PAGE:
n  79058874 

151  $a Paris (France)

 

n  79021953

151  $a Oregon

 

n  81013960

151  $a Mexico

 

Depending on their function, jurisdiction names can be tagged both as geographic subject headings (651, 650+ $z) and as tagged as corporate names (110, 710 and as subjects 610) in bibliographic records.

 

For an example, go to http://lccn.loc.gov/92643471 and click on “View LC holdings for this title in the:  LC Online Catalog”  and then MARC view. 

 

110 1_ $a New York (N.Y.)

245 10 $a New York City Charter and Administrative Code. $p Amendments, complete with indices.

650 _0 $a Delegated legislation $z New York (State) $z New York.

 

There is a famous part of the Subject Headings Manual (H405) known as the “division of the world” that addresses ambiguous entities (such as building and park names) and

1.       whether they are established in the name authority file or the subject authority file

2.       whether they are established using the descriptive cataloging rules or subject cataloging rules

3.       how they are tagged in MARC (usually 110 corporate name or 151 geographic name)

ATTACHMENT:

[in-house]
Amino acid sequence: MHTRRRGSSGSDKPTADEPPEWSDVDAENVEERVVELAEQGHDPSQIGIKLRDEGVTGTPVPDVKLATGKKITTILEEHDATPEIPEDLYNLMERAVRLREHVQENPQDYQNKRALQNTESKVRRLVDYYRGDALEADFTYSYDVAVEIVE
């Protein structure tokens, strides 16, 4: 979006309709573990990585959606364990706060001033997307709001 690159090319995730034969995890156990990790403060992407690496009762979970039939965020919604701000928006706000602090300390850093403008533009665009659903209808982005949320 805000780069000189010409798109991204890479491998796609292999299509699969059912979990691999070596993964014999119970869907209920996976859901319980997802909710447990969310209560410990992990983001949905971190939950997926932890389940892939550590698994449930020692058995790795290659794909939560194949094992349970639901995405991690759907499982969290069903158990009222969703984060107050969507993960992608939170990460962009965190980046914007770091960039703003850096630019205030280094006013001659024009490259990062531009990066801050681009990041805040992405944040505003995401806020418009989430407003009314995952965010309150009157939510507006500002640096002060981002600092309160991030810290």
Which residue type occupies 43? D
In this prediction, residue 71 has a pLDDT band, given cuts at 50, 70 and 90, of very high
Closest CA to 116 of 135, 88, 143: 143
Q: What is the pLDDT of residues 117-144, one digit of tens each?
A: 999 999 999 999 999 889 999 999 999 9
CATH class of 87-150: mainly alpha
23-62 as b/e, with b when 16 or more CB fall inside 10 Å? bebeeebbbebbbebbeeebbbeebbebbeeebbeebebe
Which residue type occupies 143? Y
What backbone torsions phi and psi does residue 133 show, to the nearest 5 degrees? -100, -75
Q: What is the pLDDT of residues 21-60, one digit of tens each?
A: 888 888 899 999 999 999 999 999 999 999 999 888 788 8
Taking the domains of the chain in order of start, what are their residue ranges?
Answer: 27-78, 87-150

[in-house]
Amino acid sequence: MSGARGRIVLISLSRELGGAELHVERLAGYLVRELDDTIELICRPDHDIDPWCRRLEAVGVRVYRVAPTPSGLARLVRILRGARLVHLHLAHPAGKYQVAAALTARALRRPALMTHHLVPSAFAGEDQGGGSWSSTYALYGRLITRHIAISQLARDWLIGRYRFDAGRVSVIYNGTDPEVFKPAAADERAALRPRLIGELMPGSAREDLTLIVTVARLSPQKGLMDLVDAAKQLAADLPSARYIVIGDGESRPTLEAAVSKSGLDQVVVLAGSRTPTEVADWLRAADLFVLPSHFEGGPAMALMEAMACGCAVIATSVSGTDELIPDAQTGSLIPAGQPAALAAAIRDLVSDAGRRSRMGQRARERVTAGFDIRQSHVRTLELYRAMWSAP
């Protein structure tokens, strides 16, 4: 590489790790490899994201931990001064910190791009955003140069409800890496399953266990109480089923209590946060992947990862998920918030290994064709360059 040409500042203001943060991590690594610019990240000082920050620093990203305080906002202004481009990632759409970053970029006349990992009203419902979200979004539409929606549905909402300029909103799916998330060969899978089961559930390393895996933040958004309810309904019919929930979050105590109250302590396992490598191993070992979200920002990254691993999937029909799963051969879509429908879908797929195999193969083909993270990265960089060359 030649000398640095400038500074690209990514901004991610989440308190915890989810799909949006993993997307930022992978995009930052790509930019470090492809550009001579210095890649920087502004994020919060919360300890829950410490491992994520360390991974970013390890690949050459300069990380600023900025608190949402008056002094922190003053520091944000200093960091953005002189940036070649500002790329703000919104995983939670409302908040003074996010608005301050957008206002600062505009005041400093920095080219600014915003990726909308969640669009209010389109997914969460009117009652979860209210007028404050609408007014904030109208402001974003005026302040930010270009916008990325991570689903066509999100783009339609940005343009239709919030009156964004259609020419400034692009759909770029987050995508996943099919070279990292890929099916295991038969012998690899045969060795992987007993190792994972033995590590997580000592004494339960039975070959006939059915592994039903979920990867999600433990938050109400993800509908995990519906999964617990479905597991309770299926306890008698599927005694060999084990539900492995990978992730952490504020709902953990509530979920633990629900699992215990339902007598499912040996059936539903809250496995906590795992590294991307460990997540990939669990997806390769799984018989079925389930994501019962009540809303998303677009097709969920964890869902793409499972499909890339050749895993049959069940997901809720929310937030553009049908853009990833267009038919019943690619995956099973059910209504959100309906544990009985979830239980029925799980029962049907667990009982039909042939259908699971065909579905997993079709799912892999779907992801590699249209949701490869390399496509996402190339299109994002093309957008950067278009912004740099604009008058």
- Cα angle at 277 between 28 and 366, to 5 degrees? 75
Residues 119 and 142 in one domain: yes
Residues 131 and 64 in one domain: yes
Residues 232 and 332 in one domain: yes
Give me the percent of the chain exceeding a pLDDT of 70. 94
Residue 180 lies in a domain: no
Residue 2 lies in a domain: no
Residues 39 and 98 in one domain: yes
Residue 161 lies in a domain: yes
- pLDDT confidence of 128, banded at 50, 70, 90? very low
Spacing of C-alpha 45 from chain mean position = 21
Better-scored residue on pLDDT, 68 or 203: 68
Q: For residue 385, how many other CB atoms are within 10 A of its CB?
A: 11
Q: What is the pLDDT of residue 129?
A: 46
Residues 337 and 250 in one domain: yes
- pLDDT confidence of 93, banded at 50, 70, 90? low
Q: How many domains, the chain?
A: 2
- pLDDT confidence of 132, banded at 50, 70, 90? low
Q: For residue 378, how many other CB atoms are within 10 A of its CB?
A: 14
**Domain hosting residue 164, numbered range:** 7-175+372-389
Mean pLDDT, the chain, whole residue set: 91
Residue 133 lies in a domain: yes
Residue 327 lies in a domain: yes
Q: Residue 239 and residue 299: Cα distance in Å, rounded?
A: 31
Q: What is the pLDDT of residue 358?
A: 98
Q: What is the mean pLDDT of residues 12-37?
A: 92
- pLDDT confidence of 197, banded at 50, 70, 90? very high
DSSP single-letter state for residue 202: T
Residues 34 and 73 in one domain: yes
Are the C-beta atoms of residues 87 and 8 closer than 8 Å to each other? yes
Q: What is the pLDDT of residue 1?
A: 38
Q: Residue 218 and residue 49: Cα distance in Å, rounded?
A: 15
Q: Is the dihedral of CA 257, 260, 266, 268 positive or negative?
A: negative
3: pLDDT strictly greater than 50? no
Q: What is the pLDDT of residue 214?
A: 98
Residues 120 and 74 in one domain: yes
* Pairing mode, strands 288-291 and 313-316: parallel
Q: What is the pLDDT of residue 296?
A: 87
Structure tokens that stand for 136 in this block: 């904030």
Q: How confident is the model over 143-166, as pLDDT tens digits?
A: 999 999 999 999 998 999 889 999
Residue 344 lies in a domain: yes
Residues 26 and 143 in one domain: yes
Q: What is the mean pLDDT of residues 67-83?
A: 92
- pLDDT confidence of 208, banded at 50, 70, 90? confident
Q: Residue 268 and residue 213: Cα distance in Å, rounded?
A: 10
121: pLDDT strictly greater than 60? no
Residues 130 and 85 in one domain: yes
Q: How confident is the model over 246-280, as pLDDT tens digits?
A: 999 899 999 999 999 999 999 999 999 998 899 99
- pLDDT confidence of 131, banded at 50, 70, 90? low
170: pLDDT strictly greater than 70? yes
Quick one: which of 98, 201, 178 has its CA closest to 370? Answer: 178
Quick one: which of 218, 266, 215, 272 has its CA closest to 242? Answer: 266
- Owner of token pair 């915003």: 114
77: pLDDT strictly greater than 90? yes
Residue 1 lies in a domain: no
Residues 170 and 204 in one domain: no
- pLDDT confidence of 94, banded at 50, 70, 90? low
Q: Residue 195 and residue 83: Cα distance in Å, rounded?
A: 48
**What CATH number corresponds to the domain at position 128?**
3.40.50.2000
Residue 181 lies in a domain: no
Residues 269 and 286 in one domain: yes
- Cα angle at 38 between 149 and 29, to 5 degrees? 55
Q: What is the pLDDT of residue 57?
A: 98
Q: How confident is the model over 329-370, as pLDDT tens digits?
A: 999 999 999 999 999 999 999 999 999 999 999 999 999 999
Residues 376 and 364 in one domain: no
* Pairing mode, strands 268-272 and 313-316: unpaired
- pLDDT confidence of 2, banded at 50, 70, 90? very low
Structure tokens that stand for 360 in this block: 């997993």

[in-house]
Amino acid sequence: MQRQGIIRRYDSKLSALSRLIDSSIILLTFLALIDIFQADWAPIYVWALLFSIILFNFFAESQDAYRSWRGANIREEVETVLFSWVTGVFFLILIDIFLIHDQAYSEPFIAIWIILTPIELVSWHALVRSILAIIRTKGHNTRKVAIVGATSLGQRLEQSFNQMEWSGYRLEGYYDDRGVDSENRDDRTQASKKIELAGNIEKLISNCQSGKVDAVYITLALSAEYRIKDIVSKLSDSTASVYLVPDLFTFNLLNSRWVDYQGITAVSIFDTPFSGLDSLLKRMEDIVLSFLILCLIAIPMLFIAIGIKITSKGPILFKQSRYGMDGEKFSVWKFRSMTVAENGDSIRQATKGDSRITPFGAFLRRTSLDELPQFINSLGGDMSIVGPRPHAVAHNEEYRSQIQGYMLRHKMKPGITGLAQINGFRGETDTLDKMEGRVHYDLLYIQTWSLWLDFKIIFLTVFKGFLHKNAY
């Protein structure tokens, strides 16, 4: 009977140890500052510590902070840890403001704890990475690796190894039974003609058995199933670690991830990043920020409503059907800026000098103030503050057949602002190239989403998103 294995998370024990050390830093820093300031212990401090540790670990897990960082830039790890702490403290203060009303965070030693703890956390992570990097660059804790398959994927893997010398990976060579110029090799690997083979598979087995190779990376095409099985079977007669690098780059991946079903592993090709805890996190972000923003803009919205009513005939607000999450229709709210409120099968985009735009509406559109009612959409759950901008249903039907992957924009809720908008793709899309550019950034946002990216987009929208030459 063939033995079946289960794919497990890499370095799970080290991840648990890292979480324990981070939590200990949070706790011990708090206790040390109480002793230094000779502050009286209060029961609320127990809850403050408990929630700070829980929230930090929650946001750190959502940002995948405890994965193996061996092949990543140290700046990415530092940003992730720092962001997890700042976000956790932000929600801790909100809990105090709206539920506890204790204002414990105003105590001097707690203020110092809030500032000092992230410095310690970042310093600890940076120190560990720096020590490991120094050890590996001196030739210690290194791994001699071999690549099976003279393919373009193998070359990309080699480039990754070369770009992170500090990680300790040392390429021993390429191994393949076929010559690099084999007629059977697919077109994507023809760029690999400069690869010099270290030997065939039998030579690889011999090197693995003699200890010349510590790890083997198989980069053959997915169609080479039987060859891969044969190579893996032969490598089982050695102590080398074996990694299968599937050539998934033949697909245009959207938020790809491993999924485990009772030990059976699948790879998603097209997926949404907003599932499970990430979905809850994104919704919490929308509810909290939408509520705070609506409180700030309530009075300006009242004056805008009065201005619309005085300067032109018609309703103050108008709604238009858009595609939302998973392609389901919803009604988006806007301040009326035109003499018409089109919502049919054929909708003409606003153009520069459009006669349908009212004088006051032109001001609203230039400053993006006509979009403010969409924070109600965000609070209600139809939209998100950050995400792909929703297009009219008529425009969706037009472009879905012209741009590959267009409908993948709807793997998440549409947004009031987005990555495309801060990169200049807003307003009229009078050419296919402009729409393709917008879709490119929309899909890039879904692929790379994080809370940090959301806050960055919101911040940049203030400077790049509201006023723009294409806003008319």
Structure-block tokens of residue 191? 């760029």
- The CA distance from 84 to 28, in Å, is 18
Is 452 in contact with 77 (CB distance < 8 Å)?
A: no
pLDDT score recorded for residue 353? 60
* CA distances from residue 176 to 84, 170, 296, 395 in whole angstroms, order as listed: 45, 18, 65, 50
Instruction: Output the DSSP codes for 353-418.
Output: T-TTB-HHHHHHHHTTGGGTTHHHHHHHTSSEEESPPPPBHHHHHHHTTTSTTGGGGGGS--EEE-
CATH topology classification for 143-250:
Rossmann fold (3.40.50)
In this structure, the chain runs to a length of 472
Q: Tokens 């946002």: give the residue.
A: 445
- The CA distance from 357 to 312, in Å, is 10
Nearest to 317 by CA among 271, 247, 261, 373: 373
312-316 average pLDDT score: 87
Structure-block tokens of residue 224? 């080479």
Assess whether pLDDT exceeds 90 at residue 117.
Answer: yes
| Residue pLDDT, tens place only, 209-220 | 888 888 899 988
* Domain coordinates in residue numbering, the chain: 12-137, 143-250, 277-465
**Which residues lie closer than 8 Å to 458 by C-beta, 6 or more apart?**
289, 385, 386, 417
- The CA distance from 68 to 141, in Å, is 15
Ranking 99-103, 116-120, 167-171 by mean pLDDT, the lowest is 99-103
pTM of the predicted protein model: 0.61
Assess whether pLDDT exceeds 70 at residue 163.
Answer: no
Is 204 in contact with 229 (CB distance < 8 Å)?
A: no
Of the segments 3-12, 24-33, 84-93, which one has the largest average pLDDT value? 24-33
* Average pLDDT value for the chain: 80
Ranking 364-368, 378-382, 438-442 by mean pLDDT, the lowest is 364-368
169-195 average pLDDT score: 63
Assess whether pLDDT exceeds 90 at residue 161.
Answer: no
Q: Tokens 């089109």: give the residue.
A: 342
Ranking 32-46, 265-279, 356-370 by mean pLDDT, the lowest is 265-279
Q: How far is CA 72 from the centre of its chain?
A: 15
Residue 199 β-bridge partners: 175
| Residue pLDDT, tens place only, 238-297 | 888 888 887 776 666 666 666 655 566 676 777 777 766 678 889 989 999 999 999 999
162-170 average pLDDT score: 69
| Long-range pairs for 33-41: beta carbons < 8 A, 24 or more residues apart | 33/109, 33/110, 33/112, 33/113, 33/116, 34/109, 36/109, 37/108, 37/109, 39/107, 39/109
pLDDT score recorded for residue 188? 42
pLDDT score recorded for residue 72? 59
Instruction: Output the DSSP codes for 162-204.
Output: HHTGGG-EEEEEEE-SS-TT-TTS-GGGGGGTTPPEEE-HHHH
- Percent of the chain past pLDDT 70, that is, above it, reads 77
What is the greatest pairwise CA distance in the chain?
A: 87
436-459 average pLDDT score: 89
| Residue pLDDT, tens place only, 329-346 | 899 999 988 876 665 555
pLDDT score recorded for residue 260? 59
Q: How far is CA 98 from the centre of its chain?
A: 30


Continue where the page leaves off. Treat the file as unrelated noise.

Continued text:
The current list of these categories can be found at http://www.loc.gov/catdir/pcc/saco/alpha405.html.

 

Because the rules and processes for naming things are different for descriptive rules and subject rules, there is some fallout from this decision.

 

Differences in what the name is because of different rules

 

Differences in the use of related broader terms

Subject authority records can have broader terms, such as

 

sh 85052253

151 $a Fuji, Mount (Japan)

550  $a Mountains $z Japan $w g [broader term]

550  $a Volcanoes $z Japan $w g [broader term]

781 $z Japan $z Fuji, Mount

 

This means that if you browse the subject authority file for Mountains--Japan, you'll get a list of the 92 mountains in Japan that have been established in LCSH. You can't do this in the name authority file.

 

Differences in how name changes are treated

Descriptive rules establish a separate, linked record for every name variation. As 110/710 access points (authors), the heading used is the one for the name at the time of writing:

 

n  82089311

Constantinople

See also later heading Istanbul (Turkey)

Valid as a name heading for the period 330-1453

 

n  79034985

Istanbul (Turkey)

See also earlier heading Constantinople

Valid as a name heading after 1453

 

Subject rules use the latest name for more or less co-extensive territories. Thus only Istanbul (Turkey) is used as a subject and the historical subdivisions are all listed there. For example:

 

Istanbul (Turkey) $x History $y Siege, 1203-1204

Istanbul (Turkey) $x History $y 20th century

 

The Constantinople record has the follow 667 note:

 

SUBJECT USAGE: This heading is not valid for use as a subject.  Works about this place are entered under Istanbul (Turkey).